- Familial hypercholesterolemia Definition
- Familial hypercholesterolemia Synonyms
- Familial hypercholesterolemia Incidence
- Familial hypercholesterolemia Types
- Familial hypercholesterolemia Symptoms
- Familial hypercholesterolemia Causes
- Familial hypercholesterolemia Pathophysiology
- Familial hypercholesterolemia Diagnosis
- Familial hypercholesterolemia Differential diagnosis
- Familial hypercholesterolemia Treatment
Are you suffering from small, waxy and elevated yellowish deposits on the arms, legs, or around the eyelids along with severe chest pain? Watch out, for these are signs of Familial hypercholesterolemia that may prove detrimental for your heart. Read and know all about the types, symptoms, causes diagnosis and treatment of this disorder.
Familial hypercholesterolemia Definition
The condition is marked by elevated levels of low-density lipoprotein (LDL) – a compound that regulates the synthesis and transport of cholesterol in the body. Increased amount of this group of lipoprotein causes high cholesterol levels in the blood. This may put individuals at an increased risk for heart attacks. LDL is generally referred to as “bad cholesterol”. The disorder is often abbreviated as FH.
Familial hypercholesterolemia Synonyms
The condition is referred to by various other names, such as:
Picture 1 – Familial hypercholesterolemia
- Type II hyperlipoproteinemia
- Hypercholesterolemic xanthomatosis
- Low density lipoprotein receptor mutation
Familial hypercholesterolemia Incidence
Heterozygous FH affects 1 in 500 individuals whereas Homozygous FH occurs in 1 in a million births.
Familial hypercholesterolemia Types
The two major forms of FH are:
Heterozygous Familial hypercholesterolemia
It is generally the most common type of FH that is known to cause cardiovascular disorders by the age of 50 in about 40% of cases. The condition is capable of causing severe atherosclerosis in young children.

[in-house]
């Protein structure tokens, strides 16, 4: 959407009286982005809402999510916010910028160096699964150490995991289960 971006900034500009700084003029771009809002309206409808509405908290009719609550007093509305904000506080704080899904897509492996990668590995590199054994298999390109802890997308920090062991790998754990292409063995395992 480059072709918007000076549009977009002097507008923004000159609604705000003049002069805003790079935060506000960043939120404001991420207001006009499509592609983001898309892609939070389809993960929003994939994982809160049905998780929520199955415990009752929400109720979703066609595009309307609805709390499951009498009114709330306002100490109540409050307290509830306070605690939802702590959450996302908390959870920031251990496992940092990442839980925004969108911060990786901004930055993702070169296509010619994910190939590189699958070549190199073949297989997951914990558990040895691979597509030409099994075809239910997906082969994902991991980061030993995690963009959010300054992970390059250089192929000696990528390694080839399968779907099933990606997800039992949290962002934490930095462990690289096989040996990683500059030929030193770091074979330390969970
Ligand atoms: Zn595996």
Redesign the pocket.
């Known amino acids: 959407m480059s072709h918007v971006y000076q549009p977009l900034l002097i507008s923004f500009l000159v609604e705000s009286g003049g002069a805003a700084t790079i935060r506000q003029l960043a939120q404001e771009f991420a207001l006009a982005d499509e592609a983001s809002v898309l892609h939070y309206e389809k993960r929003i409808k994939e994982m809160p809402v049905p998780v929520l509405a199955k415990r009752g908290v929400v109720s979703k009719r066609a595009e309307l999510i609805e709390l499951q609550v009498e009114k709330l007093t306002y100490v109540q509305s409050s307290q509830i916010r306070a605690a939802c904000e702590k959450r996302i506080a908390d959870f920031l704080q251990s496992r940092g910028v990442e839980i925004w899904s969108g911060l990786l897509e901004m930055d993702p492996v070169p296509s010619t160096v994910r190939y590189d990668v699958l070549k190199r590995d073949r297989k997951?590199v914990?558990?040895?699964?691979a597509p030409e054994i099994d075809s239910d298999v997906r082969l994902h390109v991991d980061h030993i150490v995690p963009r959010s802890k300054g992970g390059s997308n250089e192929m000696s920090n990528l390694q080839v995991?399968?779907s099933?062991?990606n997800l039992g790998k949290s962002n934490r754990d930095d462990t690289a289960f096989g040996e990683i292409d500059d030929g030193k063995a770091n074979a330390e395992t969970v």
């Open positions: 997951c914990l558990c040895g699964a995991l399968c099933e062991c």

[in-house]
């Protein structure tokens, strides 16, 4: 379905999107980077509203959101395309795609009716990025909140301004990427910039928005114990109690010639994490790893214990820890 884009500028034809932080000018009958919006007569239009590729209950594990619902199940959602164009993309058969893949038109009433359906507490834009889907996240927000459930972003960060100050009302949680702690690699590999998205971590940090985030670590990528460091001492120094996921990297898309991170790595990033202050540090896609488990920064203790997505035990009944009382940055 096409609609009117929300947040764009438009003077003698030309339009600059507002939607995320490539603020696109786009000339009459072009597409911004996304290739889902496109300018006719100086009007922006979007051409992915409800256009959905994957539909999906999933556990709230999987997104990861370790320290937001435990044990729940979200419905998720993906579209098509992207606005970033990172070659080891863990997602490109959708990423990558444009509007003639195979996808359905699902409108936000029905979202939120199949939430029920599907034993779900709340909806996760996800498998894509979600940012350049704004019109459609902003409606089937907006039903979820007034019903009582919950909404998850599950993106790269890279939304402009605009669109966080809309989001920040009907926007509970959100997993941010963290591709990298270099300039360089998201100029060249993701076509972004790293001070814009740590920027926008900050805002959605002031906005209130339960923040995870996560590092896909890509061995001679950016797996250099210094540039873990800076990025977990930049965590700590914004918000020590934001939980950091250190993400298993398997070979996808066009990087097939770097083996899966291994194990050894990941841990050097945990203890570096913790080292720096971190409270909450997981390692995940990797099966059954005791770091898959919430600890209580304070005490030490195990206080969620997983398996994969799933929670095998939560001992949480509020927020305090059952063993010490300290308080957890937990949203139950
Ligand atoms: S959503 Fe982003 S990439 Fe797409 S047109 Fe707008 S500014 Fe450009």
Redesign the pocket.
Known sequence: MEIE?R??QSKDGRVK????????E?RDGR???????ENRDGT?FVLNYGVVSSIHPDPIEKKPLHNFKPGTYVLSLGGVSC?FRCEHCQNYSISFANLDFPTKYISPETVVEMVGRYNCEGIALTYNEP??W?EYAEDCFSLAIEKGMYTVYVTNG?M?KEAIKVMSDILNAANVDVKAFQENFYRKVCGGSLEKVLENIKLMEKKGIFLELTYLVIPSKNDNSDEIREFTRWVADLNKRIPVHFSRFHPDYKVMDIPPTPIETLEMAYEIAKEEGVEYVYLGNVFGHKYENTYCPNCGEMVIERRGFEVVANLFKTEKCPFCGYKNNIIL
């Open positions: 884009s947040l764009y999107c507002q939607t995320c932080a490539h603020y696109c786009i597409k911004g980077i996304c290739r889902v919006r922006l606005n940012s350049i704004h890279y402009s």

Homozygous Familial hypercholesterolemia
It is a rare as well as a serious form of FH and the leading cause of heart attacks before the age of 30. Failure in recognizing the disorder at an early stage may cause sudden cardiac death.
Familial hypercholesterolemia Symptoms
Abnormal increase in the cholesterol levels does not normally give rise to any major symptoms. Affected patients, however, may show signs like:
Cholesterol-containing yellowish nodules or bumps may appear in various parts of the body that are easily noticeable. The most commonly affected sites of the condition include:
- Creases of the palms and fingers
The skin condition is marked by yellowish deposits of fatty cholesterol on or around the upper and lower eyelids that often disfigures the face.
Unusually high levels of LDL may often affect the eyes. In this condition, a white, gray, or blue opaque ring appears on the margins of the cornea. The ring may even appear at the periphery of the iris.
Excessive accumulation of cholesterol plaque along the coronary arterial walls of the heart may cause acute chest discomfort. The pain arises due to decreased supply of oxygen in blood to the cardiac muscles.
Familial hypercholesterolemia Causes
FH is an inherited disorder that begins at birth and is typically passed down through families in an autosomal dominant pattern. The genetics of the disorder involves the following components: